For Rossi, the design of domestic objects was not a sidetrack from architecture or theorizing—it was the same track. He wrote that he was “attracted to domestic objects: coffeepots, tea kettles, dishes, and clocks and lamps constituted a kind of abandoned house of childhood or senility, a time never present in which things were built to last forever.” Rossi’s Neorationalism always had an emotional quality, but this sentiment is particularly stressed here. Design’s wall text quotes Rossi calling furniture “objects of affection,” obviously some distance from the Corbusier-influenced invocation that “an armchair is a machine for sitting in.”
There’s obviously some humor in Rossi’s borrowings, but the reliable effect is to elevate domestic objects, not to demean larger ones. A French press wrapped in column-like fluting radiates dignity, not a joke about columns. Coffeepots that resemble medieval bascinets aren’t Renaissance Fair kitsch but evocative and intriguing: Imagine Calvino’s nonexistent knight appearing well-caffeinated on your table.
However dismissive Rossi might have been of the idea of Functionalism as an adequate locus for design, objects obviously must work, and it’s reliably fascinating to witness practically minded evolutions of objects across sketches and prototypes. Watches are especially intriguing to observe. Adjmi recalled Rossi holding a simple washer up to a watch face as a eureka moment on a path to iconic simplicity.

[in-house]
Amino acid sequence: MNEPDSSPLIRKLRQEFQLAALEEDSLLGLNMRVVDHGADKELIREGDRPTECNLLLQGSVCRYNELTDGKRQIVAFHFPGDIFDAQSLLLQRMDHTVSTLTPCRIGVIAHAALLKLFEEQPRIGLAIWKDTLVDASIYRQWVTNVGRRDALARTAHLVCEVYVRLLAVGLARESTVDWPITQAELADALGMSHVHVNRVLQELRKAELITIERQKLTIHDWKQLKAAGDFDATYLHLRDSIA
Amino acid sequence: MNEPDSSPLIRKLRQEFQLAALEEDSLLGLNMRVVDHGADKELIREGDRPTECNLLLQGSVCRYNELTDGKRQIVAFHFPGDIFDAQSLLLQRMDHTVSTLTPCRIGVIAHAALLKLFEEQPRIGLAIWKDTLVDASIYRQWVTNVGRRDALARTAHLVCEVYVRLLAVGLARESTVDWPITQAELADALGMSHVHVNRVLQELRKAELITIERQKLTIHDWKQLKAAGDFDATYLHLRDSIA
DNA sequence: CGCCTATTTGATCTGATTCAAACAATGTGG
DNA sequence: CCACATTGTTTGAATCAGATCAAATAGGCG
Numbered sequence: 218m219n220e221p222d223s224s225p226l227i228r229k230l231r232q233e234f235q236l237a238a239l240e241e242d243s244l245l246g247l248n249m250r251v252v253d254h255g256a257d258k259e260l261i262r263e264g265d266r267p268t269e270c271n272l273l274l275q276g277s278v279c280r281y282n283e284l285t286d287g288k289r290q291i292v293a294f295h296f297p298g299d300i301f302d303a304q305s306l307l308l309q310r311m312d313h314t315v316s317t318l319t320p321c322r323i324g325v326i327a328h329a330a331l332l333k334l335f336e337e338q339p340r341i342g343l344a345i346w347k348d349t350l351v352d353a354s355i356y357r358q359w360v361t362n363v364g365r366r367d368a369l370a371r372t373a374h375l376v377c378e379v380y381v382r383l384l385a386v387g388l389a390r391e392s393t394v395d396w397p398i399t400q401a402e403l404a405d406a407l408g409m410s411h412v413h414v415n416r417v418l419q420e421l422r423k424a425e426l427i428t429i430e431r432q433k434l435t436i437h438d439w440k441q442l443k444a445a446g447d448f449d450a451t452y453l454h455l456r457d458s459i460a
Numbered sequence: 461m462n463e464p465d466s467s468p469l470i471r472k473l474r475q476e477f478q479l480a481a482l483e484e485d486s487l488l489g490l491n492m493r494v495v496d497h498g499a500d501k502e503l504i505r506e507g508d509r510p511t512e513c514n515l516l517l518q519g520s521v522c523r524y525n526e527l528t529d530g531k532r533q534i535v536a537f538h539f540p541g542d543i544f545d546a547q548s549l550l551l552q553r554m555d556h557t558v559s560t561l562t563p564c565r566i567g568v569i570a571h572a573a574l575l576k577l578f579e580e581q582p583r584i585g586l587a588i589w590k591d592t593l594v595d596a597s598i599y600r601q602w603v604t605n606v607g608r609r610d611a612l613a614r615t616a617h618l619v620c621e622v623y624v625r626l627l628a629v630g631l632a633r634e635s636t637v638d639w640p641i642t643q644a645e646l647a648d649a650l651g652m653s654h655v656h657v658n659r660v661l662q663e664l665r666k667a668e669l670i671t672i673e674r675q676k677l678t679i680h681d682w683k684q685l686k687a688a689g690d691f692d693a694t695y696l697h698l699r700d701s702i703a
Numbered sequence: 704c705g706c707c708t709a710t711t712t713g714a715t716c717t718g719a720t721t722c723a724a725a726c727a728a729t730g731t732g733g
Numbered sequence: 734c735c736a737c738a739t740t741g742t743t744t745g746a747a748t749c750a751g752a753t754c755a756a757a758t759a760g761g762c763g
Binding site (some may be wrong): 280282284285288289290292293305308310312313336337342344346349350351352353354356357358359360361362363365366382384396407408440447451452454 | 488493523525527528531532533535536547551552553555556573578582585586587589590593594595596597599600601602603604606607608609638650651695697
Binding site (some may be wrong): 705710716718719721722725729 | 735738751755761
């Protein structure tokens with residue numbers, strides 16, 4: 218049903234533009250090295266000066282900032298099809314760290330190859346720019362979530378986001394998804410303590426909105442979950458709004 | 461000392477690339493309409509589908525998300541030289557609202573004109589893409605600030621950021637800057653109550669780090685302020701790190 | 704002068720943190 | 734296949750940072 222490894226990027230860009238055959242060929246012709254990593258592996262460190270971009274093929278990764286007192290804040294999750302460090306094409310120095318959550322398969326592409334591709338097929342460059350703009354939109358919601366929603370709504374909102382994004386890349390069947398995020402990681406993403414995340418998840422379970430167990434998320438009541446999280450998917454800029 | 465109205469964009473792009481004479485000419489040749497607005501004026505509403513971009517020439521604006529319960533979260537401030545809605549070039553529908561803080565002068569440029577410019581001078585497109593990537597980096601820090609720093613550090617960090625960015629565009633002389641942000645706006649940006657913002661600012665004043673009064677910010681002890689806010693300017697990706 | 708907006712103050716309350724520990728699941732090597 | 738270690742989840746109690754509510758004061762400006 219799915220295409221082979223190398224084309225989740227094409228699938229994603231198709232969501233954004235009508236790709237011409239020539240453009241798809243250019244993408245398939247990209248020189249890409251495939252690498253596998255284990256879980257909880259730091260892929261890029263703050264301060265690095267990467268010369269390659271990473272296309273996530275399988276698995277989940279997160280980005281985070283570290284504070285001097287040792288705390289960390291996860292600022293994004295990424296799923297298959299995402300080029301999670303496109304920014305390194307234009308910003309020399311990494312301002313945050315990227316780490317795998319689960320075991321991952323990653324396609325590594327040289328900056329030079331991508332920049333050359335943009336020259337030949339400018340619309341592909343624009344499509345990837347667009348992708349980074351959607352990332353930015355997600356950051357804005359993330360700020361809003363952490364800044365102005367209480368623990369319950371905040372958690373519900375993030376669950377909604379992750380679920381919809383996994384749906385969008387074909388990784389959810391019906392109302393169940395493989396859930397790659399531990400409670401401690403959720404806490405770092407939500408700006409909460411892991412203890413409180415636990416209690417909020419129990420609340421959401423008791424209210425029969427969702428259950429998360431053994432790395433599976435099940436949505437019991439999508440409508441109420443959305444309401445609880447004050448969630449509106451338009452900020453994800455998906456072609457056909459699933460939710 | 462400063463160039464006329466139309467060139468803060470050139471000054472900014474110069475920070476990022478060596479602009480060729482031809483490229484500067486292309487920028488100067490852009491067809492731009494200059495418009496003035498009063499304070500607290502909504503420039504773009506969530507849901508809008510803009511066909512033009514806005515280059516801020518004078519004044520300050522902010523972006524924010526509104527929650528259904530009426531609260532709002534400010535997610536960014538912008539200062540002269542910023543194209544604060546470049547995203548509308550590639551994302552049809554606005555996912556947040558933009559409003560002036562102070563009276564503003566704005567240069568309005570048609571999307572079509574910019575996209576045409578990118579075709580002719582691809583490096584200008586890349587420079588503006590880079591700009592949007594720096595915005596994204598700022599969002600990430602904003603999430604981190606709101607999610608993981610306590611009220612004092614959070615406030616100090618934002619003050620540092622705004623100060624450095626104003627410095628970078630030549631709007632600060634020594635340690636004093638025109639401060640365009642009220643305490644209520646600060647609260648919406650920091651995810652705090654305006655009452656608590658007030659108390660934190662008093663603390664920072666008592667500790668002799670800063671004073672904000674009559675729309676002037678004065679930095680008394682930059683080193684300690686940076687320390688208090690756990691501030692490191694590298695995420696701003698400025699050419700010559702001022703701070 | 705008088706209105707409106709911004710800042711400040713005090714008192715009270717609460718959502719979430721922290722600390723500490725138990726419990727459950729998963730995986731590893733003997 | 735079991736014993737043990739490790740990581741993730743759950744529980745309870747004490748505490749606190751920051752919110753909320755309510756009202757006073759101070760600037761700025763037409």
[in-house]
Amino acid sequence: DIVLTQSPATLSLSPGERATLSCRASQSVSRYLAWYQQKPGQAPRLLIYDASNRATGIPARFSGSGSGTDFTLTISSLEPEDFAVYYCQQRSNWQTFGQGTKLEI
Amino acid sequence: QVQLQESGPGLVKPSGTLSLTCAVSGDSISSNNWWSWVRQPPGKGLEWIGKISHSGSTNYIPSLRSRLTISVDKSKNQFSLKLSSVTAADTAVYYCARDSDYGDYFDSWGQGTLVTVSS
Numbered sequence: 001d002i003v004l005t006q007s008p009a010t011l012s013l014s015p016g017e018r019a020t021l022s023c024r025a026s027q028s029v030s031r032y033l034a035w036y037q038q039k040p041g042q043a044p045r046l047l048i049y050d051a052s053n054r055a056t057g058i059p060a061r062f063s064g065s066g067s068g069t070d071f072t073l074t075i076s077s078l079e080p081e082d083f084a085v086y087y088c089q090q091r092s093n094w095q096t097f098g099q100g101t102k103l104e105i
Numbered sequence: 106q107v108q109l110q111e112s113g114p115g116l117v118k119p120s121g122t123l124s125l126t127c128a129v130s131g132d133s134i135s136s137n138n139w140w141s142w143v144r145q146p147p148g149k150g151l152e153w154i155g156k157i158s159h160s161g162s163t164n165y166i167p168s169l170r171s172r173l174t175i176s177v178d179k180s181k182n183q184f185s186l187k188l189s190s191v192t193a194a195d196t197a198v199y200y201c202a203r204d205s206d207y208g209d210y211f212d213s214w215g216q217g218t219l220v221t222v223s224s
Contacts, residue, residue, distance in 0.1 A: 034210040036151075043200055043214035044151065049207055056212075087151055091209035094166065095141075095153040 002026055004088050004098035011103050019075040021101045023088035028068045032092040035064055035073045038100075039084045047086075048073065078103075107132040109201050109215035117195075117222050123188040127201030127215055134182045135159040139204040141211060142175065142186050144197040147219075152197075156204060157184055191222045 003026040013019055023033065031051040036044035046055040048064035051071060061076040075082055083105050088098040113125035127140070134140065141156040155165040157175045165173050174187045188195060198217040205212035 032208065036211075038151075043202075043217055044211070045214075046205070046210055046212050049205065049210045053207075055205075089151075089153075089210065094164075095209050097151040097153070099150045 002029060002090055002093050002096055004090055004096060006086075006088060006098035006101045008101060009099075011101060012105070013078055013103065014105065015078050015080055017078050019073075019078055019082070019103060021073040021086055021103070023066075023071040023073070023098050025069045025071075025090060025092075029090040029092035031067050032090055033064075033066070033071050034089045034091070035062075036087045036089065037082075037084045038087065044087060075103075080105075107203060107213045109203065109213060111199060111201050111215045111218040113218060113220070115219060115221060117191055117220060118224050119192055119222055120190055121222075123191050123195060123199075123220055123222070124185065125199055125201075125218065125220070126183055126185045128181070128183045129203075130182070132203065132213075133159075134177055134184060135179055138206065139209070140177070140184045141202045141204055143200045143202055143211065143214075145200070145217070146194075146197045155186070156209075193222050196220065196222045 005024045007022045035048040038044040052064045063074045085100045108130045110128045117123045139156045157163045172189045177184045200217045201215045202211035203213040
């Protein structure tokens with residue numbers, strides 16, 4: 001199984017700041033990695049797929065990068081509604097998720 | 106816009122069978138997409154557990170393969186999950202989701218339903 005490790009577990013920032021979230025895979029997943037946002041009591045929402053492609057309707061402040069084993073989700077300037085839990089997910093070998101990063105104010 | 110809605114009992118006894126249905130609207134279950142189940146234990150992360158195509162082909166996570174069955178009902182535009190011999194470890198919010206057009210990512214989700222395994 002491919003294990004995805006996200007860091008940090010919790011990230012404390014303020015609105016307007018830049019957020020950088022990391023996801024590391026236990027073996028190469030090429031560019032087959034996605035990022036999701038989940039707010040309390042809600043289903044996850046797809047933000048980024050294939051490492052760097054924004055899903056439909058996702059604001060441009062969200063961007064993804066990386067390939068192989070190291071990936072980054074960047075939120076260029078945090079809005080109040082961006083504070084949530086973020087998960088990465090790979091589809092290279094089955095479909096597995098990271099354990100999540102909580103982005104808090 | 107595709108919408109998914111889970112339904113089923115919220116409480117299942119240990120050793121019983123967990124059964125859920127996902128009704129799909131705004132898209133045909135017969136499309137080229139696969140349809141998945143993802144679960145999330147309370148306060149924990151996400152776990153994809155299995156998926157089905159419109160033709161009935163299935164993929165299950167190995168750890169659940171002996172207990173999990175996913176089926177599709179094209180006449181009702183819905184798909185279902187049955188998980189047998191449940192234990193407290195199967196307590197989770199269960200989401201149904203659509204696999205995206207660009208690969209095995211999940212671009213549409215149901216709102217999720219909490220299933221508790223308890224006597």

Adjmi’s exhibition design heightens the appreciation of the artifacts on view. His aim was to “reinforce this idea of axes and connections” integral to Rossi’s work. Objects are invariably framed ahead, with intriguing corners; even door surrounds were altered to comport with the design vision.
Wall colors are drawn directly from Rossi’s playbook. Adjmi had wanted to use an assortment of blues for the walls but this proved too similar to a Mario Sironi exhibit upstairs. He opted for a sequence of pinks, also a Rossi favorite, one he recalled from many visits to his mentor’s house on Lake Maggiore. “The concept was to start with this very pale pink and then get darker and darker towards almost like a terra-cotta color, which recalls that Cimitero cube,” Adjmi said, referencing Rossi’s San Cataldo Cemetery.
One gallery provides a sense of Rossi’s homelife, intermingling his furniture (one a table modeled on his grandfather’s) with older pieces and Luigi Ghirri photos of Rossi’s domestic spaces, including his apartment on Via Maddalena in Milan.
“I literally wanted to recreate the feeling of being in his kitchen; before he made it his office, it was his apartment,” Adjmi explained. “It was a place that was central to his production of drawings and thinking about whatever he was making or doing. His products were influenced by his daily life but also his idea that history and contemporary life kind of coexisted.”
“It has been 25 years since Aldo died, and my experience working with him gave me a foundation I’ve tried to build on,” Adjmi recalled. “This was another way to get insight into process and his way of thinking, which transcended the silos of ‘I’m an artist’ or ‘I’m an architect’ or ‘I’m a designer.’” For Adjmi, the exercise of designing Design helped him see Rossi “as a whole person.” He continued, “It was satisfying to make a space to house all of those objects in a way that told the story about the objects, but also about the man, about the person.”
Anthony Paletta is a freelance writer in New York City. He has contributed to The Architect’s Newspaper, The Wall Street Journal, The Guardian, Metropolis, Architectural Record, CityLab, and other publications.